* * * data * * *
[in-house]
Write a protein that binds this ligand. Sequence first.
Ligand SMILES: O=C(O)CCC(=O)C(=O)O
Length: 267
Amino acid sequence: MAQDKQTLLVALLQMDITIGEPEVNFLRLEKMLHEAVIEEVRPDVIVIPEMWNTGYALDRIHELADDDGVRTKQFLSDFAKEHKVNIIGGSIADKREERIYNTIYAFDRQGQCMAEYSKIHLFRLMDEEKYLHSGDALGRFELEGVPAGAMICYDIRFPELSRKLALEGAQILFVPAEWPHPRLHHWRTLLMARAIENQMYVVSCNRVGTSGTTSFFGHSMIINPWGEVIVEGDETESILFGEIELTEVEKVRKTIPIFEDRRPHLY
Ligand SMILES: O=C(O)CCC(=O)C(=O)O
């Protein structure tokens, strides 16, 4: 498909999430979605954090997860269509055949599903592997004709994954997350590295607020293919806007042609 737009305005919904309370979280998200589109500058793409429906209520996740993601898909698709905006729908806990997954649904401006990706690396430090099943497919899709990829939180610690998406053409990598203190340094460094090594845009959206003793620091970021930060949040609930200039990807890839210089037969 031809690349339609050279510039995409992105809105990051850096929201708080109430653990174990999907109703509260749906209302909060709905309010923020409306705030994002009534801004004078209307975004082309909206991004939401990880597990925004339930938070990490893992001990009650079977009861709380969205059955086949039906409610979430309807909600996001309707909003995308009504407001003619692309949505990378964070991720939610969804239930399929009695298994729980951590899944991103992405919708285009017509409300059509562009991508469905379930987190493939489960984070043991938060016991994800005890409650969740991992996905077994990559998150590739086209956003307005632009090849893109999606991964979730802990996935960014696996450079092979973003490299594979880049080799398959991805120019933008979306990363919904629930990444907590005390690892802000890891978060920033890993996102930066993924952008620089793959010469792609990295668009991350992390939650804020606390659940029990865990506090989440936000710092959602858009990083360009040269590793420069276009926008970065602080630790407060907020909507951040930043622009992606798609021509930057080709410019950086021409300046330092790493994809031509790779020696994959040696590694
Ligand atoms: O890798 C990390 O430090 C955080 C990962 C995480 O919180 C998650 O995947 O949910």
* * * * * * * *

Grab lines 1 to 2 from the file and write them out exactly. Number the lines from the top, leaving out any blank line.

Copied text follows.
[in-house]
Write a protein that binds this ligand. Sequence first.